Divorce court process fails children, says charity Restored Lives as it backs call for reform
Posted 2 years ago

Press Release

Thursday 12th November 2020

The divorce process in this country inflames and prolongs damaging parental conflict which harms children’s long-term mental health and future life chances. Restored Lives, a charity that supports hundreds of people through divorce each year, welcomes today’s judicial report “What about me: Reframing Support for Families following Parental Separation?” by the Family Solutions Group which calls for a radical change in how parents separate.

The report shows that in the UK over the last 10 years 2.8 million children see their parents separate and that the way these separations are handled affects children and their parents for the rest of their lives. Restored Lives, the UKs largest provider of relationship recovery courses, sees this damage first hand with regular feedback such as “the legal process encouraged … a straightforward separation to become a long and confrontational dispute over a period of 2 years”.* Or quotes from parents in relation to seeing their children such as “I cannot afford any more court proceedings so my options are completely exhausted” – are we now in a system where wealth may dictate whether there is fair access to your child? It is patently clear that the current system is failing children, parents and society as a whole.

What’s wrong?

There are two fundamental issues. One is a culture hardwired to treat family breakdown as a legal problem between adults. The other is a vacuum of government policy and oversight.

1. Change the approach

The Ministry of Justice and the courts are the wrong mechanisms to resolve parenting issues. Many disagreements about children are not legal disputes, but symptoms of unresolved emotions from relationship breakdown which can not be addressed in a system designed to administer justice. The adversarial nature of the justice system adds fuel to the fire, increasing stress and conflict. Parents do not need justice but an effective method of resolving disagreements constructively both now and in the future.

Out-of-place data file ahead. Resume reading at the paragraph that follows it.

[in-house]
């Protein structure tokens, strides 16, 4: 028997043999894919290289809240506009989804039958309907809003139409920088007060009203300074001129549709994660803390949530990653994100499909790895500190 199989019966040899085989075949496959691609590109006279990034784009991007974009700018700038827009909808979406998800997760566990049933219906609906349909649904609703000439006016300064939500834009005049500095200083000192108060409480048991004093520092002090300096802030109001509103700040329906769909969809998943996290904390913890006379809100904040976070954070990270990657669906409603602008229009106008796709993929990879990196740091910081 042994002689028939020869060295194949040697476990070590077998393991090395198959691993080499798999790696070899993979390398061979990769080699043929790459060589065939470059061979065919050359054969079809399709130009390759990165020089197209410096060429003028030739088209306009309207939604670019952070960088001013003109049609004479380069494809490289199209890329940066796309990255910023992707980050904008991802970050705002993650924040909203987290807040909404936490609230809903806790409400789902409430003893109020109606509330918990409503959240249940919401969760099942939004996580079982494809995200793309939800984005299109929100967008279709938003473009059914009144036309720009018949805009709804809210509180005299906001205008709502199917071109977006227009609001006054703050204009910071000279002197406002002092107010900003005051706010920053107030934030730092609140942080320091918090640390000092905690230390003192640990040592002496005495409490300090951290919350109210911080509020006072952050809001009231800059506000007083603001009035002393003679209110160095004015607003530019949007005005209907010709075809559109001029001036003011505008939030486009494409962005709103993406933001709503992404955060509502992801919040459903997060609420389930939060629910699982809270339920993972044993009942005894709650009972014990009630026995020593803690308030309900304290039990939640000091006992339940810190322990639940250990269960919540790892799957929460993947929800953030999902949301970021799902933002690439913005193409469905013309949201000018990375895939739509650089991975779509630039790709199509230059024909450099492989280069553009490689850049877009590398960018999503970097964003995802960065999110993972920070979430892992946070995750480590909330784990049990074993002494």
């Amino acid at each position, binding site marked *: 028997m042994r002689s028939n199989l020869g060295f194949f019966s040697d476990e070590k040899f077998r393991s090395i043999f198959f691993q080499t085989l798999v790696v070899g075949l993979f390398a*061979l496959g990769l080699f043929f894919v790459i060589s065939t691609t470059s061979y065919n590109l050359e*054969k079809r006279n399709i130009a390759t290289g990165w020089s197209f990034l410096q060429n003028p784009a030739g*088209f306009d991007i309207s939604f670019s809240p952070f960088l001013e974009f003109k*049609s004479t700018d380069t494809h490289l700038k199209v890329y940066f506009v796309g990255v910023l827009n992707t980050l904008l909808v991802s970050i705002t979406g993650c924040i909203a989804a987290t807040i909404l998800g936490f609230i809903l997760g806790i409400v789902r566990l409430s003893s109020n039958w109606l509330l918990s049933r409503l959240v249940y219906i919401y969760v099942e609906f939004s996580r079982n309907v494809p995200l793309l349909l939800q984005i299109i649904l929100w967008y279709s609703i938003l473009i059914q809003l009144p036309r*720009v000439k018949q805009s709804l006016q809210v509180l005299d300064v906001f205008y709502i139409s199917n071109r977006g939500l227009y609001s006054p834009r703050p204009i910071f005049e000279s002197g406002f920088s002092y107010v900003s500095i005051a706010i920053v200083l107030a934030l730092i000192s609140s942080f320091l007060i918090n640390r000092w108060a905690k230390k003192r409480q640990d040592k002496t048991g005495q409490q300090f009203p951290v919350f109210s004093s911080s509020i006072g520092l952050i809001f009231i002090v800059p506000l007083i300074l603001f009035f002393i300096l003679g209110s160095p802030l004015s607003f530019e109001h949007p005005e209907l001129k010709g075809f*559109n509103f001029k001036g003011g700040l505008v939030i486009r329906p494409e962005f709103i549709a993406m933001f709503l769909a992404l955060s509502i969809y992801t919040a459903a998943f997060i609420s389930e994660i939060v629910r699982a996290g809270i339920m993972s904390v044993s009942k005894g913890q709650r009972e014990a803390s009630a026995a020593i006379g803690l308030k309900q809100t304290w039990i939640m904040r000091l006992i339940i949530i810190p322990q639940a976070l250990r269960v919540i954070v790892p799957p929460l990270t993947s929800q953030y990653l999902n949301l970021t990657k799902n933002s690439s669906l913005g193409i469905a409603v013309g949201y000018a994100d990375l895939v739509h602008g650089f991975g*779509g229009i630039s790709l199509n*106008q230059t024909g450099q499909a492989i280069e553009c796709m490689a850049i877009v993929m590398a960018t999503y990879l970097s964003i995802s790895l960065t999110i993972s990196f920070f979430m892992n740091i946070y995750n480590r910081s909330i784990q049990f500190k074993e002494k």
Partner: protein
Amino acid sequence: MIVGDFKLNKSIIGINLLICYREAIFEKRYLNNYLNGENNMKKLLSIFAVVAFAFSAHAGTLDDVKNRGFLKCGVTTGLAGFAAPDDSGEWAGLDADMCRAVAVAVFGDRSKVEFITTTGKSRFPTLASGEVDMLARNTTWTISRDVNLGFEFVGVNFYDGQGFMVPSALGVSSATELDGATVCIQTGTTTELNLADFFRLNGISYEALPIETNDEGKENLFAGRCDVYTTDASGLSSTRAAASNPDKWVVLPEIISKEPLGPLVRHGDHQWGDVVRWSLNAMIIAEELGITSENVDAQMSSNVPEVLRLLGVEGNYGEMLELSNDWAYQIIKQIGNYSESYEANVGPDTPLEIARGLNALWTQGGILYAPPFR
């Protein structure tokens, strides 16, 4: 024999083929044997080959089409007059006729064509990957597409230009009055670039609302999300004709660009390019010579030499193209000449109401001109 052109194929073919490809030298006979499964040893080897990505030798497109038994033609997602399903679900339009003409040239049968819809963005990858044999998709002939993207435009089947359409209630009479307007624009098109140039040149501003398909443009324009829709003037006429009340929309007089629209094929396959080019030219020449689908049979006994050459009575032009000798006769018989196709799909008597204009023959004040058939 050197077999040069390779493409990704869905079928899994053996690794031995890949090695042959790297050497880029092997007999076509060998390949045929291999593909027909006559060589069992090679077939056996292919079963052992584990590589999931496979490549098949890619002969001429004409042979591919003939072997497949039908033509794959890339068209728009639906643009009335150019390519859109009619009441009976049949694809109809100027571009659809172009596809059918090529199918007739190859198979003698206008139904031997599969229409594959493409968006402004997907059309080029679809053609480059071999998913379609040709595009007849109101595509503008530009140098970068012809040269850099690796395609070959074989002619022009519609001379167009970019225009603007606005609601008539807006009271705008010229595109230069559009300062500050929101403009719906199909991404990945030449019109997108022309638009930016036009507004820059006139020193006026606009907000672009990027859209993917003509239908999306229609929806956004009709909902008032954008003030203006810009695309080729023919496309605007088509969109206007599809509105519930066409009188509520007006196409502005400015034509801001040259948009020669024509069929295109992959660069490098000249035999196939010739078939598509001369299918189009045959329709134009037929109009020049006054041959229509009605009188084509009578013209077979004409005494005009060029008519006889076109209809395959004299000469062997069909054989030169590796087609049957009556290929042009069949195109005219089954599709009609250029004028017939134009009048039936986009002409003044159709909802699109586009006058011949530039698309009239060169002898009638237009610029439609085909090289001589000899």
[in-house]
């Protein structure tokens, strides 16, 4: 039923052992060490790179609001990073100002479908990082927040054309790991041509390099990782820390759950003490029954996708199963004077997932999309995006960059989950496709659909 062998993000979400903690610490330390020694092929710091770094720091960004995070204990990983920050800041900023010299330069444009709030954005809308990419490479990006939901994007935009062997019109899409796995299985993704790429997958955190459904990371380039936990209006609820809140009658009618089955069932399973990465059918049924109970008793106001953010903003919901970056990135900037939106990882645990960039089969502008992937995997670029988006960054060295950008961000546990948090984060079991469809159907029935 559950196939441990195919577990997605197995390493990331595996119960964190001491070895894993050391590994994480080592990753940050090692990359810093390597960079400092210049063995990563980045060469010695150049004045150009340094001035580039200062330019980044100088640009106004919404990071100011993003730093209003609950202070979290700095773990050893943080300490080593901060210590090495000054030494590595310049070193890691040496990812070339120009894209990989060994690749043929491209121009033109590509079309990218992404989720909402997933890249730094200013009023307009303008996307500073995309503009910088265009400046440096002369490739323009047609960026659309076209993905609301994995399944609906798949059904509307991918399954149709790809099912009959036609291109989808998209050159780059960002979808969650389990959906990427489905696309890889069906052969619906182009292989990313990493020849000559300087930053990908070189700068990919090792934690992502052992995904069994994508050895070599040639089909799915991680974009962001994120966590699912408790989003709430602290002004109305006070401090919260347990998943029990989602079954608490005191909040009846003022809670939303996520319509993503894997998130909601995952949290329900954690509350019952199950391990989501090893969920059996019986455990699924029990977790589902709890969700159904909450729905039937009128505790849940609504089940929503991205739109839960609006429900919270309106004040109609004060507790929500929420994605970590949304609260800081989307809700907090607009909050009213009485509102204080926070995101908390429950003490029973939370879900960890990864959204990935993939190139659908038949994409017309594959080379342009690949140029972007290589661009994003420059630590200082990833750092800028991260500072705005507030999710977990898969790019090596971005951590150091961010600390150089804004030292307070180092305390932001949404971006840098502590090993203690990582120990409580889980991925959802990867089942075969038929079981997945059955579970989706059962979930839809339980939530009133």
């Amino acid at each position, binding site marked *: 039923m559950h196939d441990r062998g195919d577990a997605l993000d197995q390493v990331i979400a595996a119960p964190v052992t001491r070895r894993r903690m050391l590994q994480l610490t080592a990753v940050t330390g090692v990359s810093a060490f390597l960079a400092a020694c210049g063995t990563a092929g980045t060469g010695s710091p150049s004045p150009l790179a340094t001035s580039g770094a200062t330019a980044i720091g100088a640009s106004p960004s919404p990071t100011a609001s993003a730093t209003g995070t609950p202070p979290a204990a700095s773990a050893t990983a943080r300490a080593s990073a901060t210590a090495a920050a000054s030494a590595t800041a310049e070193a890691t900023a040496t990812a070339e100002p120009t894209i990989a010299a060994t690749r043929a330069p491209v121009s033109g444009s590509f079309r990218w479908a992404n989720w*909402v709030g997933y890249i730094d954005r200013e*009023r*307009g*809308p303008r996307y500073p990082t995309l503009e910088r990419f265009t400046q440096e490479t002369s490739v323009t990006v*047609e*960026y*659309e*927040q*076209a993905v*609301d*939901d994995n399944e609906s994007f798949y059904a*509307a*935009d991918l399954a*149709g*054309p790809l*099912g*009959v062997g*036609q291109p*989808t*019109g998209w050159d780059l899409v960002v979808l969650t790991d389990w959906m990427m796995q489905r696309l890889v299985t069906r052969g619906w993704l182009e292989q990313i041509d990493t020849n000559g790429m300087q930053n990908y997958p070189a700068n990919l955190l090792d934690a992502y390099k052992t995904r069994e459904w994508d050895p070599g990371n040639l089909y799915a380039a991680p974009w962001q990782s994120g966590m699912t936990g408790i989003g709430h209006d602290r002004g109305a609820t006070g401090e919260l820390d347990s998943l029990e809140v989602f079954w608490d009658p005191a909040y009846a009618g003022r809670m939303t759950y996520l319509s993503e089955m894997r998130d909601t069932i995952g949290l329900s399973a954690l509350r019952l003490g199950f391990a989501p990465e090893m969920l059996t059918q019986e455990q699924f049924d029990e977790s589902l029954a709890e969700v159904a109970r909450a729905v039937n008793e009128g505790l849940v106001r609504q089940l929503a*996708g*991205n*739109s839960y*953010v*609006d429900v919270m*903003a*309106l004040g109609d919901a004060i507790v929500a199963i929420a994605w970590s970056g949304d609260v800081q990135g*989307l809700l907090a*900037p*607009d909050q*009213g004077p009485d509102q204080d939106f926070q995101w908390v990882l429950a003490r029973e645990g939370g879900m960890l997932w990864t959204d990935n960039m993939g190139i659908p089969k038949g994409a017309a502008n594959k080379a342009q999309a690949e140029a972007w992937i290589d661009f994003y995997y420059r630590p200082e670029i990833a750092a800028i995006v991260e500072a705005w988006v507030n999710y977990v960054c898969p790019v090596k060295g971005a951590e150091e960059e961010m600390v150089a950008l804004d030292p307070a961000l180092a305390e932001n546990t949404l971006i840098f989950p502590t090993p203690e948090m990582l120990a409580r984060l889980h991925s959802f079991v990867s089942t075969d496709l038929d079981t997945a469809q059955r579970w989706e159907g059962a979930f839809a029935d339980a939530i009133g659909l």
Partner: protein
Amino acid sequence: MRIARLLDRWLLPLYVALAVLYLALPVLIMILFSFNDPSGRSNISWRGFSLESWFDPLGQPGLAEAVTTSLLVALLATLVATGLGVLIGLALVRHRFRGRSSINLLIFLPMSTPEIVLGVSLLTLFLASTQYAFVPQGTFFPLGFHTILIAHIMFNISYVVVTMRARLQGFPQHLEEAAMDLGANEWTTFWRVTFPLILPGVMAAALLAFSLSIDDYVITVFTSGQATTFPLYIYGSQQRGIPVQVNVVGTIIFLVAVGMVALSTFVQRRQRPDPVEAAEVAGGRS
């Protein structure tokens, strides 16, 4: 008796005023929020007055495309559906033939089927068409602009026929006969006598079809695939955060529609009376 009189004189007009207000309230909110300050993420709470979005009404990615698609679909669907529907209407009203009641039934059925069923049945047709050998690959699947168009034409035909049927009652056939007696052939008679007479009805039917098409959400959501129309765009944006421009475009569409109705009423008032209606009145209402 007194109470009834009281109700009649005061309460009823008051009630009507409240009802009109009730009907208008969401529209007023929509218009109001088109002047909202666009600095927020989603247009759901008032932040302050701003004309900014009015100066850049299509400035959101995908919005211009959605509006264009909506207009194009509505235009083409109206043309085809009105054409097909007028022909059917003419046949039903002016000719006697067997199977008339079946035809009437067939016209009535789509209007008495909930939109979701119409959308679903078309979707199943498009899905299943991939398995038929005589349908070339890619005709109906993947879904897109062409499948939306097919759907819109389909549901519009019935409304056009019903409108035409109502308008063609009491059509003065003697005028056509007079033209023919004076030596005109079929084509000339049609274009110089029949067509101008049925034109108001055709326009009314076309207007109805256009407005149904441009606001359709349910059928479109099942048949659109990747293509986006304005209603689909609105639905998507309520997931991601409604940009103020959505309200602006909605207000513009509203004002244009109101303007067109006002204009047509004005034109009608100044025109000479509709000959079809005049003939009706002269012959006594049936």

The heightened parental conflict created needs to stop, children need to be protected and given a real voice. Here is one of these voices from a child Restored Lives has supported and worked together with Fegans, a charity providing children’s counselling, that speaks to their pain: “seeing my parents ignoring each other makes me feel alone, it makes me feel unwanted and upset.”**

A new multi-disciplinary approach that safeguards children and enhances effective, cooperative parenting is urgently required. The current system is expensive, unwieldy and harmful because it pits parents against each other making it even harder to build successful
cooperative parenting.

2. Fill the policy vacuum

Family breakdown is estimated by the Relationships Foundation to cost the government over £50bn and affects every government department. Yet there is no overarching policy or provision for children or adults in this situation and no government department coordinating the responsibility. This policy vacuum must be filled. A first step must be to establish a Family Lead at the heart of the government who will initiate child-centred policy and provide coordination and oversight.

Recommended changes to the current approach

We must stop placing parents and their advisers in an adversarial position against each other and create an approach which helps families resolve parental issues in a constructive manner. This would involve:

– A clear route to resolve all issues outside the court system for the majority of cases. Only situations with safeguarding issues should be identified and directed to the family court.

– A multi-disciplinary response covering the emotional state of the parents should be put at the heart of this process incorporating therapists, parenting specialists, mediators and legal services to support parents resolve parenting issues themselves.

– Funding and access to information and direct services for children, with mechanisms for children’s voices to be heard at the time when decisions are being made which affect them.

– Create a framework and guidance for the resolution of children issues, based on expert knowledge, that gives clear expectations of the cooperative parenting approach.